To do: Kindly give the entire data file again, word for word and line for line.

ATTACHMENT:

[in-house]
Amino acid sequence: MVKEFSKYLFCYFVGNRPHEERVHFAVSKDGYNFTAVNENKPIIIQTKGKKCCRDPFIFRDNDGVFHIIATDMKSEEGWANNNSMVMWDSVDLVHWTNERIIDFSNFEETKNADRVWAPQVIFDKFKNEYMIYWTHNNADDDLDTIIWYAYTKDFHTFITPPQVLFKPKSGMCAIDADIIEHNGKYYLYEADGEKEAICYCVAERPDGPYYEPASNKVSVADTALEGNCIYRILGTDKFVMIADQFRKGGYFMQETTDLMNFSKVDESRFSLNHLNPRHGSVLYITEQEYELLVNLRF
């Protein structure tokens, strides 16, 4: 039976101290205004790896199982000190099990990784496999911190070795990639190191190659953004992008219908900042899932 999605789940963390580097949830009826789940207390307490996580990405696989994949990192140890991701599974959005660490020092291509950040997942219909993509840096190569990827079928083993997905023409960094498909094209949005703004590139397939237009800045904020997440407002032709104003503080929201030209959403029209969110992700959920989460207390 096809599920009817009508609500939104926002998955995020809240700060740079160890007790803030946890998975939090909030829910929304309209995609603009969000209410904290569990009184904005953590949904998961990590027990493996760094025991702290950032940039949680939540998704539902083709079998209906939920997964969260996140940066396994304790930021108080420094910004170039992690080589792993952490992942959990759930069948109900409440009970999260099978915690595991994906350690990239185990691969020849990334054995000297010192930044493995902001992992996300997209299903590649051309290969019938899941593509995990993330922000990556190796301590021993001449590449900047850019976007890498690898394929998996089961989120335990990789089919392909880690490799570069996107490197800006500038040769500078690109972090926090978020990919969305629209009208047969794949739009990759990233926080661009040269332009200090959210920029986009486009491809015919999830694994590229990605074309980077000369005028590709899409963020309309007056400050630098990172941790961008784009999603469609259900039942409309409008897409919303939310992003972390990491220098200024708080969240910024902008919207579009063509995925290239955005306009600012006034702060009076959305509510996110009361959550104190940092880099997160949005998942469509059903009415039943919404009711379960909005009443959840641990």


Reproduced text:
[in-house]
Amino acid sequence: MVKEFSKYLFCYFVGNRPHEERVHFAVSKDGYNFTAVNENKPIIIQTKGKKCCRDPFIFRDNDGVFHIIATDMKSEEGWANNNSMVMWDSVDLVHWTNERIIDFSNFEETKNADRVWAPQVIFDKFKNEYMIYWTHNNADDDLDTIIWYAYTKDFHTFITPPQVLFKPKSGMCAIDADIIEHNGKYYLYEADGEKEAICYCVAERPDGPYYEPASNKVSVADTALEGNCIYRILGTDKFVMIADQFRKGGYFMQETTDLMNFSKVDESRFSLNHLNPRHGSVLYITEQEYELLVNLRF
């Protein structure tokens, strides 16, 4: 039976101290205004790896199982000190099990990784496999911190070795990639190191190659953004992008219908900042899932 999605789940963390580097949830009826789940207390307490996580990405696989994949990192140890991701599974959005660490020092291509950040997942219909993509840096190569990827079928083993997905023409960094498909094209949005703004590139397939237009800045904020997440407002032709104003503080929201030209959403029209969110992700959920989460207390 096809599920009817009508609500939104926002998955995020809240700060740079160890007790803030946890998975939090909030829910929304309209995609603009969000209410904290569990009184904005953590949904998961990590027990493996760094025991702290950032940039949680939540998704539902083709079998209906939920997964969260996140940066396994304790930021108080420094910004170039992690080589792993952490992942959990759930069948109900409440009970999260099978915690595991994906350690990239185990691969020849990334054995000297010192930044493995902001992992996300997209299903590649051309290969019938899941593509995990993330922000990556190796301590021993001449590449900047850019976007890498690898394929998996089961989120335990990789089919392909880690490799570069996107490197800006500038040769500078690109972090926090978020990919969305629209009208047969794949739009990759990233926080661009040269332009200090959210920029986009486009491809015919999830694994590229990605074309980077000369005028590709899409963020309309007056400050630098990172941790961008784009999603469609259900039942409309409008897409919303939310992003972390990491220098200024708080969240910024902008919207579009063509995925290239955005306009600012006034702060009076959305509510996110009361959550104190940092880099997160949005998942469509059903009415039943919404009711379960909005009443959840641990």